Named common seal throughout Europe, this seal frequently observed around
Long Island lives along the shores of eastern Canada, New England and in the
winter, as far south as the Carolinas in a variety of habitats. Their
scientific name loosely means "sea calf" or "sea dog." This latter nickname
is well suited as these seals closely resemble a dog when their head is
viewed at the surface of the water. Harbor seals can be viewed in small
groups hauled out basking on sand bars, rocks or remote beaches, sometimes
popping their heads up in the
waters nearby. Usually wary of humans, they are known to follow fishing
boats, feeding on the scraps thrown overboard and occasionally harbor seals
will haul out on someone's dock or even in their boat.
When hauled out, harbor seals often lie with their heads and hind flippers
elevated in what is often referred to as the "banana-like" position.
When resting in water, harbor seals can be seen in what we call the
"bottling" position, with heads tilted straight back and perpendicular to
the surface; thus assuming the appearance of a floating bottle.
harbor seals generally grow to 5 - 5 ½ feet in length, weighing 200 - 250
pounds, while the smaller females reach approximately 4 ½ to 5 feet,
weighing 150 - 200 pounds. Harbor seals are thought to live to at least 25
years. Males mature at 4 - 6 years, females earlier. Pups, weighing 12 -20
pounds and measuring about 2 ½ feet, are born in the spring. Unlike many
other seal pups, harbor seals are able to swim from birth, although they are
dependent on care and milk from the mother for 3 - 6 weeks before they
venture out on their own. While tending their young, harbor seal mothers are
very protective and will sometimes push the pup beneath the surface or carry
it on her shoulders to avoid danger. Harbor seals
have been shown to dive as deep as 600 meters; their average dive time is 2
minutes and the maximum dive time is 15 minutes (see Costa and Williams.
1999. Marine Mammal Energetics. (figures 5-25 and 5-26) inReynolds III, J. E., and S. A. Rommel (eds). 1999.
Biology of marine mammals. Smithsonian Institution Press).
Harbor seals, like most other seal species, migrate southward every
winter, returning to New England and Canada in the summer. On Long Island a
large influx of these seals arrive in November and remain through mid- May,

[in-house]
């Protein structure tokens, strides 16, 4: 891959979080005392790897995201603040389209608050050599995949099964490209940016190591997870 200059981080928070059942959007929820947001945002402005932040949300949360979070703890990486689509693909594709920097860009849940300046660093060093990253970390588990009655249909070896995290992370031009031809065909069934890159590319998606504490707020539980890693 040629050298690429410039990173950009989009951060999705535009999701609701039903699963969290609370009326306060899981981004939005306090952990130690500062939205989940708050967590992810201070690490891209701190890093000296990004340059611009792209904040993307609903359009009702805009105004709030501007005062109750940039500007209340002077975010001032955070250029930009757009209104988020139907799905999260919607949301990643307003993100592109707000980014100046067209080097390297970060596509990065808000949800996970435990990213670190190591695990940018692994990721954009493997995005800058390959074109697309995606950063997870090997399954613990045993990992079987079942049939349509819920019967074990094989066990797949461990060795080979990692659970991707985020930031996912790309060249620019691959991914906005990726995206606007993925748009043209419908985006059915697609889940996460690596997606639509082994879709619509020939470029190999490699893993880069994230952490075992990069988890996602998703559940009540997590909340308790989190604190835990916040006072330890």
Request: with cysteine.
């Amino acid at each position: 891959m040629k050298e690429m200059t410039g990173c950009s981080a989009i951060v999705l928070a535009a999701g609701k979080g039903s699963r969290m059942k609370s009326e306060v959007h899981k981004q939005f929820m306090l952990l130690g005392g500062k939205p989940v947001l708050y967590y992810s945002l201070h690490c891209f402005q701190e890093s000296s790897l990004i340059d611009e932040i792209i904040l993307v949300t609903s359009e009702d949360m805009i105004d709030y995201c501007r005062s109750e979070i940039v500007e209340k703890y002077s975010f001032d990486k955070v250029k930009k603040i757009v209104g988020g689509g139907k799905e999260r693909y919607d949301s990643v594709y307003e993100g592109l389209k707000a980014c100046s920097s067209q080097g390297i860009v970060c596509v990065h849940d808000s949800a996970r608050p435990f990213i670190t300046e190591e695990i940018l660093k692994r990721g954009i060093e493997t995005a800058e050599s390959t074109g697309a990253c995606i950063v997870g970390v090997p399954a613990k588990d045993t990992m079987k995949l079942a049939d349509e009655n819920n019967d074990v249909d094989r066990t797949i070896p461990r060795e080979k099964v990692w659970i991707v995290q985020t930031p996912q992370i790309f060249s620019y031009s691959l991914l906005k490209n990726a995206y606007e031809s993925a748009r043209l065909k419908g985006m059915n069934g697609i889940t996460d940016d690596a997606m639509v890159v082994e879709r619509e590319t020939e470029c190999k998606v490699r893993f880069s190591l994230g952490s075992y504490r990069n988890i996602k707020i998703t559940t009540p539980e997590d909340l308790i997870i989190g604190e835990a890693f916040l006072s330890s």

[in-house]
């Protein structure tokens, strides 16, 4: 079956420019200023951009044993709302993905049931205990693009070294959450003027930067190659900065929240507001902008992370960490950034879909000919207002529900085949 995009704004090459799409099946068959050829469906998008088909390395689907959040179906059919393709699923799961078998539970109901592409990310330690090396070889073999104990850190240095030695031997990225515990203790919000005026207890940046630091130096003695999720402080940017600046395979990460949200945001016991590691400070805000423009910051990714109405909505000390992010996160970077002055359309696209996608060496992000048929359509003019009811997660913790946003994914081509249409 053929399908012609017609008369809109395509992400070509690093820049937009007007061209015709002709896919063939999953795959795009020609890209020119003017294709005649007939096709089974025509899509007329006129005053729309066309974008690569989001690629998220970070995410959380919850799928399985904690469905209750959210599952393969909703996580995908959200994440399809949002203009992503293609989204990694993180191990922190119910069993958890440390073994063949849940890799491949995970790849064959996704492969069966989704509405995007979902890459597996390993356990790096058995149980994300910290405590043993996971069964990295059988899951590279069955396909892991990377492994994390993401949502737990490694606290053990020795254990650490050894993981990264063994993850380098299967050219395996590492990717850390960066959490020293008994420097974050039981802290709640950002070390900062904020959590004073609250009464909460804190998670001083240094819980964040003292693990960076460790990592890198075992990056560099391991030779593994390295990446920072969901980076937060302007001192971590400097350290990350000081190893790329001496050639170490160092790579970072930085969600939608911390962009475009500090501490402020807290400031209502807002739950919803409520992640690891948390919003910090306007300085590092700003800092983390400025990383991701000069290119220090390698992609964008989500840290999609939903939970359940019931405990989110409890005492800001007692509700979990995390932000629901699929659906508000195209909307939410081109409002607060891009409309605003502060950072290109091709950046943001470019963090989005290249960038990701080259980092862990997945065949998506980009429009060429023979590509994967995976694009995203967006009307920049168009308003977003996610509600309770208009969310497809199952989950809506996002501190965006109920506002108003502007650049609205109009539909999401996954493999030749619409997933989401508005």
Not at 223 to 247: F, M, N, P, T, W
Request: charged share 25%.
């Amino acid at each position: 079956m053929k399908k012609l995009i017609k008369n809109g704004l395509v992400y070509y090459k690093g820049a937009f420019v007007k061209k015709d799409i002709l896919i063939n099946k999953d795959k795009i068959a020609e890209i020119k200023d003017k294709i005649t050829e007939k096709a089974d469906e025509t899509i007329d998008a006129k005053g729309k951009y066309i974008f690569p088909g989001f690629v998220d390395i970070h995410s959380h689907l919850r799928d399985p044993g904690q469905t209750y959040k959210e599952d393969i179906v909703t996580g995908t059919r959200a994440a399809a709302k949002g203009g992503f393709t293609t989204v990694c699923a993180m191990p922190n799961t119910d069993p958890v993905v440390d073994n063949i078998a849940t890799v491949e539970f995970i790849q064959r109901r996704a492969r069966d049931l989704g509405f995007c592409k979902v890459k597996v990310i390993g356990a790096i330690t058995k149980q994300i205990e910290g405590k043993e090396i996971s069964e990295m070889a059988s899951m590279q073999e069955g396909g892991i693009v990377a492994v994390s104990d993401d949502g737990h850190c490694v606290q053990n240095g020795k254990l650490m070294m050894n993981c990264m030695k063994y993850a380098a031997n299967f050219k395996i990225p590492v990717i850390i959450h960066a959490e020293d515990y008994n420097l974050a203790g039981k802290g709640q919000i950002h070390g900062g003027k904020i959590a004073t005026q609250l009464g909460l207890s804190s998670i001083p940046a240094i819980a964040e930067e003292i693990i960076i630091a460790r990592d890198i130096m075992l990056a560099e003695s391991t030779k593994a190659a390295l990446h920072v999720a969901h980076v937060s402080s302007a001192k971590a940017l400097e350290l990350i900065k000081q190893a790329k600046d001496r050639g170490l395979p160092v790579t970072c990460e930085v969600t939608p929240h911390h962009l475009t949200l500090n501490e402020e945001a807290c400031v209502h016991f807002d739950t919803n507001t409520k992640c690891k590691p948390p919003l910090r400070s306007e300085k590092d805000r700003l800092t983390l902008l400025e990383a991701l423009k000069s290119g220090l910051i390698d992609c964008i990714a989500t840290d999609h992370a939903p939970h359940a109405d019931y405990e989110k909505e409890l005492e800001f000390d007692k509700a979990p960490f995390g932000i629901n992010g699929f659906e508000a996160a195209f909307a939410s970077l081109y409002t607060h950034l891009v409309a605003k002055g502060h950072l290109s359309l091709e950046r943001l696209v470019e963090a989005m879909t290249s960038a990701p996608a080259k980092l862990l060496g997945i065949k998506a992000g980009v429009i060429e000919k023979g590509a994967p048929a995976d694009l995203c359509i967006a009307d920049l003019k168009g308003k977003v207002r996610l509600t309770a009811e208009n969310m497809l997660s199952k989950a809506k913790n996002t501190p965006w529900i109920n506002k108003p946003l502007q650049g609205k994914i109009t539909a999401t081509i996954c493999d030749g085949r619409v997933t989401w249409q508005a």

although some are thought to stay throughout the year.
CRESLI's photo-identification catalog of harbor seals at
Dr. A. Kopelman has been compiling a catalog of harbor
seals that utilize the haul out site at Cupsogue beach (near
Moriches Inlet). As of February 2014, the catalog
contains 70 seals that are identifiable based upon pelage
marking patterns. Several of these seals have returned
every year, since 2006, other have returned less frequently
but stll return to use that site. The catalog is part of an
on-going long term study of site fidelity and population
dynamics. Samples photos from 60 identified and named seals
cab be seen at
The following is excerpted from the December 2012, NOAA Fisheries Stock
Assessment Report for the Western North Atlantic Stock.
"The harbor seal is found in all nearshore waters of the Atlantic Ocean
and adjoining seas above about 300N... In the western North
Atlantic, they are distributed from the eastern Canadian Arctic and
Greenland south to southern New England and New York, and occasionally to
the Carolinas. Stanley et al. (1996) examined worldwide patterns in harbor
seal mitochondrial DNA, which indicate that western and eastern North
Atlantic harborseal populations are highly
differentiated. Further, they suggested that harbor seal females are only
regionally philopatric, thus population or management units are on the scale
of a few hundred kilometers. Although the stock structure of the western
North Atlantic population is unknown, it is thought that harbor seals found
along the eastern USA and Canadian coasts represent one population (Temte et
al. 1991). In USA waters, breeding and pupping normally occur in waters
north of the NewHampshire/Maine border, although
breeding occurred as far south as CapeCod in the early part of the twentieth century (Temte et al. 1991; Katona et